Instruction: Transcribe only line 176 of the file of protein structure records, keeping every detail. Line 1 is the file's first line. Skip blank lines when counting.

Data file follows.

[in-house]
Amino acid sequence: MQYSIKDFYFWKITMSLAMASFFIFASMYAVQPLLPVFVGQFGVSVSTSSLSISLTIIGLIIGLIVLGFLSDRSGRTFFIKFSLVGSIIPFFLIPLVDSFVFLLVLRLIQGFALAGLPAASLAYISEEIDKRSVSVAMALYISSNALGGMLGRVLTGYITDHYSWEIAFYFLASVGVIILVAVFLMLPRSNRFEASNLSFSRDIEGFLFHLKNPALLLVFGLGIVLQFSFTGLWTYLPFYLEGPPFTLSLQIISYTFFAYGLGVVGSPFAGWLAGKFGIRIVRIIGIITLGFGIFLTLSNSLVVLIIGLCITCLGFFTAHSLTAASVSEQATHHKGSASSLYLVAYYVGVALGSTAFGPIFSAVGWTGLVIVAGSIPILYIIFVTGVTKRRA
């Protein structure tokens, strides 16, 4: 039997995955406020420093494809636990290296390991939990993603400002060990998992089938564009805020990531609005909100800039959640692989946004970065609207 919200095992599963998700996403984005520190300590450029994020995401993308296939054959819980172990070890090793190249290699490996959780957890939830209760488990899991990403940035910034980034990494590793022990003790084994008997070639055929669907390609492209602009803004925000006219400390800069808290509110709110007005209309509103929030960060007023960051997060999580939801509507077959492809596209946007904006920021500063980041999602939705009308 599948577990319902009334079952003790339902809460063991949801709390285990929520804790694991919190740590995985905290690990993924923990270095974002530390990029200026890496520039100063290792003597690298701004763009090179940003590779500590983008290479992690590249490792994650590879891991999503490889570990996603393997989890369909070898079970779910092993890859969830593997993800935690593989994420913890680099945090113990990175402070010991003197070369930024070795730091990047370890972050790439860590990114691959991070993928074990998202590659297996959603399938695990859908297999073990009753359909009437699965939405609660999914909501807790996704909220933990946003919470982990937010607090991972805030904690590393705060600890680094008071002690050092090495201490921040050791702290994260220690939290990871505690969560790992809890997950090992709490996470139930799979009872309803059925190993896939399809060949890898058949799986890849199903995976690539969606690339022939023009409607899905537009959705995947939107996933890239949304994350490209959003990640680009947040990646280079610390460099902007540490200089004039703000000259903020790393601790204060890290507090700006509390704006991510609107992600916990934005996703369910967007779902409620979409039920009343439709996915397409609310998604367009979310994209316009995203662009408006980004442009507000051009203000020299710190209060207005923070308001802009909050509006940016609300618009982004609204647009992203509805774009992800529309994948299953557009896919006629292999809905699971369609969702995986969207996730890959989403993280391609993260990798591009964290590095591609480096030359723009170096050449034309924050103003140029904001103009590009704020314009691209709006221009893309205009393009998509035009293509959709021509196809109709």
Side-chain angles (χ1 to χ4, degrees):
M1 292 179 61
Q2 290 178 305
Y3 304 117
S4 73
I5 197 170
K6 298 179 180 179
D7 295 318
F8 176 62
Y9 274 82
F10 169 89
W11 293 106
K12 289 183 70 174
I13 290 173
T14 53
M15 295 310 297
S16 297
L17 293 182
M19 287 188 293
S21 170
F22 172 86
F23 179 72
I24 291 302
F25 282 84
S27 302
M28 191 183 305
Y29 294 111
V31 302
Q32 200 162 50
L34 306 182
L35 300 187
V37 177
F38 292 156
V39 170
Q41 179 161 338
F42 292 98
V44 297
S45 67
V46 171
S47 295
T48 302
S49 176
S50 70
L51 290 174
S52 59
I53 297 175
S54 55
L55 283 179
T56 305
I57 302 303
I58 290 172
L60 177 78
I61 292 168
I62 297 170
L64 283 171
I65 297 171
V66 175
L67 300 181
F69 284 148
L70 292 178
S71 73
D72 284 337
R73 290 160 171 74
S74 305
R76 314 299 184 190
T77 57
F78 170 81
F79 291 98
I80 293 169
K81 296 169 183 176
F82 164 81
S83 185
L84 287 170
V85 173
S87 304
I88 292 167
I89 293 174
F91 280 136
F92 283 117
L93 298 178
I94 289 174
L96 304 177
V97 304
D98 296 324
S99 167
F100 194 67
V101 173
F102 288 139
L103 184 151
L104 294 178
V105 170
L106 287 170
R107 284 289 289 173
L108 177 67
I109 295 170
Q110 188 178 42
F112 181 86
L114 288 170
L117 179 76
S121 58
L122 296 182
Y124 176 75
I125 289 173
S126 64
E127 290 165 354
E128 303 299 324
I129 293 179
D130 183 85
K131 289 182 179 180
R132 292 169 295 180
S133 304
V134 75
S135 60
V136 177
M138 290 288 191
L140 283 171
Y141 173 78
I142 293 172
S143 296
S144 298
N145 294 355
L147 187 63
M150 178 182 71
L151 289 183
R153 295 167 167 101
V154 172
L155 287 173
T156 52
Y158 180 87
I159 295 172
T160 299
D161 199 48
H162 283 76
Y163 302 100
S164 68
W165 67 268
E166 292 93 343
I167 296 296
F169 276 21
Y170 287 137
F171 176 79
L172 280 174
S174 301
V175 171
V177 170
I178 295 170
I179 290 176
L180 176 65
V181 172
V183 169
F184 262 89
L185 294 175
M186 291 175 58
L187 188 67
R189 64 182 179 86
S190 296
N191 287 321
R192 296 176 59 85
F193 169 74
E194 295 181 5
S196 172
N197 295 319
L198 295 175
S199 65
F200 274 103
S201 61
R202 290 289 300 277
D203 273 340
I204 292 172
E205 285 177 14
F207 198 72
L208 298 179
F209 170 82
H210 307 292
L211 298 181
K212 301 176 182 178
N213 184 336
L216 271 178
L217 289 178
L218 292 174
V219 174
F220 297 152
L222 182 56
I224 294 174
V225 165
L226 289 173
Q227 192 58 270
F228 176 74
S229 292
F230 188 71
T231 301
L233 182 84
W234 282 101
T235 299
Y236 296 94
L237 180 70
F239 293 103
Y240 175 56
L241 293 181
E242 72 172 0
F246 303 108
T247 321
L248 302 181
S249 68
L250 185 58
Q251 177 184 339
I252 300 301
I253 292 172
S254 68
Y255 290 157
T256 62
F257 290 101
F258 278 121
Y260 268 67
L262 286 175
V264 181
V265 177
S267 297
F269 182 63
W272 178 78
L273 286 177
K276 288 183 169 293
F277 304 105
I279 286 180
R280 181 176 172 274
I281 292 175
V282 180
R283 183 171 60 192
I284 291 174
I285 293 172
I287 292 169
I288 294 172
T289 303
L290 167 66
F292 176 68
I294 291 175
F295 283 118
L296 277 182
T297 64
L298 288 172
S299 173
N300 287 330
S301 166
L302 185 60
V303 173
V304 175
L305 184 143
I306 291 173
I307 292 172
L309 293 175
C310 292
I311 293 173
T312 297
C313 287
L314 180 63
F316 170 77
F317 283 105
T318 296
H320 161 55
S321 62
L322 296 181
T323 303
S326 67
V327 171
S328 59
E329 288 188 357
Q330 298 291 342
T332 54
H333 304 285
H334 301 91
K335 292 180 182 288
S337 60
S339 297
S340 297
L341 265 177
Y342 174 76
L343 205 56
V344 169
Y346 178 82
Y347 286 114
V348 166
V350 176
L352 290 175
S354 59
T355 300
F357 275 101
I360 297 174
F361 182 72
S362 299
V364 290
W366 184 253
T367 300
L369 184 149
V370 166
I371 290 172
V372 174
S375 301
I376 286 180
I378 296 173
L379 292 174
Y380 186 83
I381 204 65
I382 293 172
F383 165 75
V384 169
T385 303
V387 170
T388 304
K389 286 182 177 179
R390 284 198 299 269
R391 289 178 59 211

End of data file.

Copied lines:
F209 170 82